No, this is not a video of journalists staging migrants drowning
A video, now viral in many countries, purports to show a television crew staging migrants drowning on a beach in Crete. AFP found two members of the incriminated crew: they were actually shooting a documentary on the 1922 Greek exodus from Asia Minor.
"Poor migrants! And that is exactly how it works, what they are playing at us on TV! Is this a scam? The director is shooting a scene of 'the migrants drown in the sea!'," a man's voice narrates in Czech over the video.
At first glance, the video, about one minute and seventeen seconds long, is puzzling. It shows a group of about ten people in water next to a beach. Most are women. All of them are dressed and veiled, and two of them are carrying large red and white bundles. As the group slowly advances into the sea, five individuals begin to float on the water's surface, motionless.
These images were shot in late July at a beach in Ierapetra, in Crete (see "Verification process" at the bottom of the article). They become all the more interesting when the man behind the camera rotates his lense towards the beach twice, and zooms in on a group of three people standing around a camera on a tripod which is aimed at the sea.
This group's presence near the camera might suggest that they are either a camera crew or journalists.
Since July 31, dozens of websites, Facebook pages, and Twitter accounts have published and propagated these images, each time stating or insinuating that the video depicts journalists engaged in propaganda work.
"Pictures and clips of migrants have been shared widely to manipulate public opinion and generate sympathy. This is one of the first times such a piece of fake footage has been captured by a member of the public as it was happening," according to one post by "The Voice of Europe" shared 1,500 times.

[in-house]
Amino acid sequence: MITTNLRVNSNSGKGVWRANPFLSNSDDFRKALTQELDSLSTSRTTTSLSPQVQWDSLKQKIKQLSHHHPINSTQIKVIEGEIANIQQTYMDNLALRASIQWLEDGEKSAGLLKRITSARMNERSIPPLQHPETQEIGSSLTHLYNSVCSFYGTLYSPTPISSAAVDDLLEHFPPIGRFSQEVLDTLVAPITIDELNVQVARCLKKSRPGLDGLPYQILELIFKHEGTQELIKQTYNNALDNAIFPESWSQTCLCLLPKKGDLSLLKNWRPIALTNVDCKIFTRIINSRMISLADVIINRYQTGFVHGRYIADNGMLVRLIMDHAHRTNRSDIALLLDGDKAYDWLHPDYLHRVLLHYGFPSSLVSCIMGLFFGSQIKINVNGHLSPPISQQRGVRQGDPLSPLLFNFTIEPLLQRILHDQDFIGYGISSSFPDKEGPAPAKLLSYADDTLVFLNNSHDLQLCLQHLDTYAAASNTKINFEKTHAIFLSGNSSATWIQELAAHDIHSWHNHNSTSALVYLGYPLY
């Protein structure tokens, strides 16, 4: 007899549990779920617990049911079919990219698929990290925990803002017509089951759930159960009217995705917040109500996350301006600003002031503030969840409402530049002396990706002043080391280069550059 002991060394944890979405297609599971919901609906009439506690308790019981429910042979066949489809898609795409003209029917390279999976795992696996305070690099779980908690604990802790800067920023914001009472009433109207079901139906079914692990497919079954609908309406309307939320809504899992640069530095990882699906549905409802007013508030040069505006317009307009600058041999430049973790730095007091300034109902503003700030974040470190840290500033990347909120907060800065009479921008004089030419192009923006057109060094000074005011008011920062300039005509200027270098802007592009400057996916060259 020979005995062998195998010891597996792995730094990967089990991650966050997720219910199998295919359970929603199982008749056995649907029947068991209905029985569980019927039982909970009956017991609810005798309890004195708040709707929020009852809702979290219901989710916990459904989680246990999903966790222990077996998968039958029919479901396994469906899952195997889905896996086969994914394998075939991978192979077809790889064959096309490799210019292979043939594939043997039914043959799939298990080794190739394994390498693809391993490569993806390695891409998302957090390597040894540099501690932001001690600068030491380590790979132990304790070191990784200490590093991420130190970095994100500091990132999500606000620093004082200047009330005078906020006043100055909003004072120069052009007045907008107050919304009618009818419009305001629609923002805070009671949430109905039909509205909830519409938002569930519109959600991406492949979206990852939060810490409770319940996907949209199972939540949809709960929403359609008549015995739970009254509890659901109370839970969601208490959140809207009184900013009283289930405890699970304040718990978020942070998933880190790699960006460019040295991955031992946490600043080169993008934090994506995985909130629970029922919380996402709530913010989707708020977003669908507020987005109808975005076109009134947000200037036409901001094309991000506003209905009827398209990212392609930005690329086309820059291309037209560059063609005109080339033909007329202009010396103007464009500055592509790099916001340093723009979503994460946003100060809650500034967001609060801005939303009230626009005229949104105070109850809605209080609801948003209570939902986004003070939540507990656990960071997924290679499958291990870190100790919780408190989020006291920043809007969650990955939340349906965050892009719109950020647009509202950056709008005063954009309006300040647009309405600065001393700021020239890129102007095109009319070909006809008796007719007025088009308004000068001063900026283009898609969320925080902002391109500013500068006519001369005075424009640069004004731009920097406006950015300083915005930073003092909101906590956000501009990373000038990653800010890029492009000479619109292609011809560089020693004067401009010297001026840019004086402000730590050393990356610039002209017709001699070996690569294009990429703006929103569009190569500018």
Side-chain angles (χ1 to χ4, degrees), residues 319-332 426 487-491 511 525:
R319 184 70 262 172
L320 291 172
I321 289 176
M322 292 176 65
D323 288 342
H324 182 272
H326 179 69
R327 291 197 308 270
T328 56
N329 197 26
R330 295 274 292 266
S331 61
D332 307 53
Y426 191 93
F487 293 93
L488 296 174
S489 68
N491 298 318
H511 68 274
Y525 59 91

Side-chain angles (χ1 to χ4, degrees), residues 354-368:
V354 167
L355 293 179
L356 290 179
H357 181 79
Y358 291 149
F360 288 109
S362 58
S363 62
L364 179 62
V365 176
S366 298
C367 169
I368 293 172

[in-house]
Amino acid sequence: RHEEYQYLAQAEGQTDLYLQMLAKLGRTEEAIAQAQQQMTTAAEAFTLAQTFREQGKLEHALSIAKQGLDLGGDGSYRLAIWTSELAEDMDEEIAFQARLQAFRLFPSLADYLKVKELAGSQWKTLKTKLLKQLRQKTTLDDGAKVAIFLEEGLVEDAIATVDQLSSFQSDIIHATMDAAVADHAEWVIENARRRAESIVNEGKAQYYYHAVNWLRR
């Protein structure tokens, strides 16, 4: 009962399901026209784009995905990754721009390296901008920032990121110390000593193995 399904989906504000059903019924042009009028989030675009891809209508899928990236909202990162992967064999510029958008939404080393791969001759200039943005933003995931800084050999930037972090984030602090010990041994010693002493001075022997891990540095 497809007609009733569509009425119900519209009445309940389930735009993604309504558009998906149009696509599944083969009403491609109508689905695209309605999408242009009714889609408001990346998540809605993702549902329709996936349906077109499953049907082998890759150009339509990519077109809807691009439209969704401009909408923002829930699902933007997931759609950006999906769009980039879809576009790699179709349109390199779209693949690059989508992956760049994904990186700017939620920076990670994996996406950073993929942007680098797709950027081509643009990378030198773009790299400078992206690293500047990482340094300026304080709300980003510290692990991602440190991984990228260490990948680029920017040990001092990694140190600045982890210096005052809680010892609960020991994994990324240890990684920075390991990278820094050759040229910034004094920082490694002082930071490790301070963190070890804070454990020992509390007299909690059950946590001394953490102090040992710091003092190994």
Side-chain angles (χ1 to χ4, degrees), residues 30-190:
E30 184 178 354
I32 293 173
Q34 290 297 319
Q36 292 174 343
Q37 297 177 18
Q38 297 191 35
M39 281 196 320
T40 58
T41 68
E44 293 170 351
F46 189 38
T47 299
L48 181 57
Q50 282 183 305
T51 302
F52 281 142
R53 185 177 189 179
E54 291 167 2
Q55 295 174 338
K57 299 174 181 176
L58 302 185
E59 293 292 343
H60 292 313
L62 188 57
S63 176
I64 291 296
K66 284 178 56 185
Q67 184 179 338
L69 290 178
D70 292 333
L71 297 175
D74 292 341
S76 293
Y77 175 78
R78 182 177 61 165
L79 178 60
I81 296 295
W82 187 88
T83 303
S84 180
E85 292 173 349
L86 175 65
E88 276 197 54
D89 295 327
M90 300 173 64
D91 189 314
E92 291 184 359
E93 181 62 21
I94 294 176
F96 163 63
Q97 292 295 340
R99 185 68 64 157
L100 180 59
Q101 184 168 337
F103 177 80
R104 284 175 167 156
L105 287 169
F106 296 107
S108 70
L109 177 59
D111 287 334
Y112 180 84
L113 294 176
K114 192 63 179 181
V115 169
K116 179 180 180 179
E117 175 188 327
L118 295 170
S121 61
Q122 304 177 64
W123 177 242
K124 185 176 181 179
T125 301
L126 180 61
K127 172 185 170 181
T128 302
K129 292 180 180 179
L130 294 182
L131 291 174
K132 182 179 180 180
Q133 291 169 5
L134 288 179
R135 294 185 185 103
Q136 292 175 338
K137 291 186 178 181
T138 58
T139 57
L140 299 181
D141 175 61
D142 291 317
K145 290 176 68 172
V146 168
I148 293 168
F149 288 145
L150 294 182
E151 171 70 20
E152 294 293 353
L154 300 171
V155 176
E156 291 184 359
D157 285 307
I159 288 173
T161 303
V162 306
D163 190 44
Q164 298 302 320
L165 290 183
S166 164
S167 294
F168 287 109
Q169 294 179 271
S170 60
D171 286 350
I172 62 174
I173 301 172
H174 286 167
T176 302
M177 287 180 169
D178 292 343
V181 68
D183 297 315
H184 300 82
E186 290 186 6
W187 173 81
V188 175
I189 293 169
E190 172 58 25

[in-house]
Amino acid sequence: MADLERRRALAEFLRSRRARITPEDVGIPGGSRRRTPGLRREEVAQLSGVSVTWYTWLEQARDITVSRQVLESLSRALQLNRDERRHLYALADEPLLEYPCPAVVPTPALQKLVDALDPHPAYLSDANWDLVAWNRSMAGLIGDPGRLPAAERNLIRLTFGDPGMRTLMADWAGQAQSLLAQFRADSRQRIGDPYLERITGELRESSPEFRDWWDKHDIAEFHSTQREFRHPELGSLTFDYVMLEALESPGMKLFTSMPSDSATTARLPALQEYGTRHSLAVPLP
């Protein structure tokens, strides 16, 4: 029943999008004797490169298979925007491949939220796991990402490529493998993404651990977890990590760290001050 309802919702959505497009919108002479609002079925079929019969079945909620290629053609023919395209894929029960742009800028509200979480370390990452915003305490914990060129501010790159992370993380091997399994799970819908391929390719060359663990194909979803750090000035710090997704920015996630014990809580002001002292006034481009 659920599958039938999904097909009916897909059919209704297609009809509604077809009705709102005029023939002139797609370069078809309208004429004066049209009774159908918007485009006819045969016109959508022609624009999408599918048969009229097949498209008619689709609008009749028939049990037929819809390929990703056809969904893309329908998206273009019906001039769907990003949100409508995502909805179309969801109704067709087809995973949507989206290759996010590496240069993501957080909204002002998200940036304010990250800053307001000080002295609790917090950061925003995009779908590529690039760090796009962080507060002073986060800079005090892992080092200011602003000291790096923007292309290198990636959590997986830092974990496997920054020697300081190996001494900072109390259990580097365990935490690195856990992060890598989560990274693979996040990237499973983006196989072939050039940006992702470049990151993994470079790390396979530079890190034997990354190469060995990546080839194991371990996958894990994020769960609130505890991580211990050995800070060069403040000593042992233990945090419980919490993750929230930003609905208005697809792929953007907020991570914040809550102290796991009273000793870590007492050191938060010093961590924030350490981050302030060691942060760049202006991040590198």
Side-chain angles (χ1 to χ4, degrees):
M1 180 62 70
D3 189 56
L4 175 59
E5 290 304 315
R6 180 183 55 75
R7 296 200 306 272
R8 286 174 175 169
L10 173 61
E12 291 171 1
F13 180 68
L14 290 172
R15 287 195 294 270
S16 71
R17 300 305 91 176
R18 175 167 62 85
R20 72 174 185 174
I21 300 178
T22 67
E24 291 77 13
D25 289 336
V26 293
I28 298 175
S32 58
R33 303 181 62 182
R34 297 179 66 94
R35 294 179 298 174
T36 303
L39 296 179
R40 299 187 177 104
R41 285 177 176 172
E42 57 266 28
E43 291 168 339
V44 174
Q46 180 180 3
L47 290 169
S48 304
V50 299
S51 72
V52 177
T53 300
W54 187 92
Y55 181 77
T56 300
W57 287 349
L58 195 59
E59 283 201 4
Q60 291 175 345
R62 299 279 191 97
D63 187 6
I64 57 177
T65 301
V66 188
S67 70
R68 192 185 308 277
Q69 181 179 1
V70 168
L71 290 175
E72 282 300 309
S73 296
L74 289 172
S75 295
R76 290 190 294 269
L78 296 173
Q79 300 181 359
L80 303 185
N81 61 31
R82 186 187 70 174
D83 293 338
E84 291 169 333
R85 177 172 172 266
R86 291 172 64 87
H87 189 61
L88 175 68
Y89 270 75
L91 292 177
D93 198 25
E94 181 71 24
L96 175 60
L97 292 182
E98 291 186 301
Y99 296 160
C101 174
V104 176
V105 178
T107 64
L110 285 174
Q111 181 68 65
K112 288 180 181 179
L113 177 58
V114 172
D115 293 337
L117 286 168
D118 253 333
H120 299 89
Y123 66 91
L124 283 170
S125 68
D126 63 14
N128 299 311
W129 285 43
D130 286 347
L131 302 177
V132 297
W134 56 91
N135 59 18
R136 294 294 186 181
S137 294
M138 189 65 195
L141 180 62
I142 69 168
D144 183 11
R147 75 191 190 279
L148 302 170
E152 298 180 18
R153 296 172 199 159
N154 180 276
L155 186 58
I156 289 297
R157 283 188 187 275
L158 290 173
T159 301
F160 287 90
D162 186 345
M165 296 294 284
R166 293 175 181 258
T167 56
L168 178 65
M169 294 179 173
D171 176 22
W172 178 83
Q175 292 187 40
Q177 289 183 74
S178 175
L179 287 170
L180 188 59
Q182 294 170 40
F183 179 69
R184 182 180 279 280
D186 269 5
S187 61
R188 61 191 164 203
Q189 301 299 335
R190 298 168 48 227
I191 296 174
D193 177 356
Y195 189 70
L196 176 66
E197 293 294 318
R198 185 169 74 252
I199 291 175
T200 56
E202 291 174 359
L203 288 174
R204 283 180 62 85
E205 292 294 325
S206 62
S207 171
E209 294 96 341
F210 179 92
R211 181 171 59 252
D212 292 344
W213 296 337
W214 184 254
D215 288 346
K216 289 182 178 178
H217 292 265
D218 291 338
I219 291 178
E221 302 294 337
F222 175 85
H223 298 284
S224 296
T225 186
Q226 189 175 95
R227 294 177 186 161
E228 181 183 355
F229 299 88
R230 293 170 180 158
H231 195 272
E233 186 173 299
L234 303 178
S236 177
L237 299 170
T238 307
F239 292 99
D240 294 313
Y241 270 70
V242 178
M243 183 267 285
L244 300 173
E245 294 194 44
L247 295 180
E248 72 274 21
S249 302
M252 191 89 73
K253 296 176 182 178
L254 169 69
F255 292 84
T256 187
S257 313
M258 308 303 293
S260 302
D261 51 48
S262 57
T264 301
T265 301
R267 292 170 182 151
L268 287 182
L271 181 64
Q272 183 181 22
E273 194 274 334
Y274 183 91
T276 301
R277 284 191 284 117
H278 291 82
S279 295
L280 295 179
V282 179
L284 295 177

Although the YouTube video has since been taken down for violating terms of policy regarding misleading content, the video was downloaded and shared on other websites like Patriargate, "to make sure it wouldn’t go away easily".
"Does the media ever tell us anything that is true?", one flustered Twitter user wrote.
According to AFP's calculations, the video has accumulated 1.2 million views across YouTube, Facebook, and Twitter. It was shared tens of thousands of times, first in the Czech Republic, but then through Western Europe and in North America.
The Czech Facebook page AntiKavarna, one of the first to publish the video (on July 31 in the morning), presents the author of the images as "Marek Chrastina".
AFP found this man (see "Verification process"); he is active on Facebook under the pseudonym "Marek Ch". On a comment published on July 31, he claims the viral video's authorship:
"It's great that you shot this video," one of his Facebook friends wrote in a comment on his page
"Thanks, I hope I won't regret it," was the response.
Contacted by AFP, "Marek Ch" confirmed his name is Marek Chrastina. He responded to AFP on Saturday, August 25, three days after the publication of our investigation, and confirmed he filmed the video. He says the video was shot on July 23.
AFP also found two of the camera crew members accused of staging the drowning.
The man wearing black shorts and a beige t-shirt, holding a drone in his left hand, is Giorgos Balotharis. This is him. The woman sitting on the green chair, behind the camera, is named Eleni Vlassi and describes herself as a journalist and as the art director of the International Documentary Festival of Ierapetra. This is her.
Before she was contacted by AFP, Vlassi was not aware that a video accusing her of manipulation was circulating on the internet. Even less so that the video had gone viral across Europe.
"The scene is supposed to be in 1922 Turkey"
When asked for her version of the facts, she paints an entirely different picture.
"...these shots (of Vlassi directing the video) are part of the filming of the historical documentary 'Land of the Painful Virgin Mary' and refers to the historical event of the Asia Minor disaster of 1922," when thousands of Greeks in Asia Minor, chased from the wreckage of the Ottoman Empire, flocked to Greece, Vlassi explained to AFP.
"The scene is meant to take place in Turkey, in 1922, when the Greeks fled the Izmir fire. They escaped by sea, and some were drowned," she added, insisting that these frames "are not about modern migrants."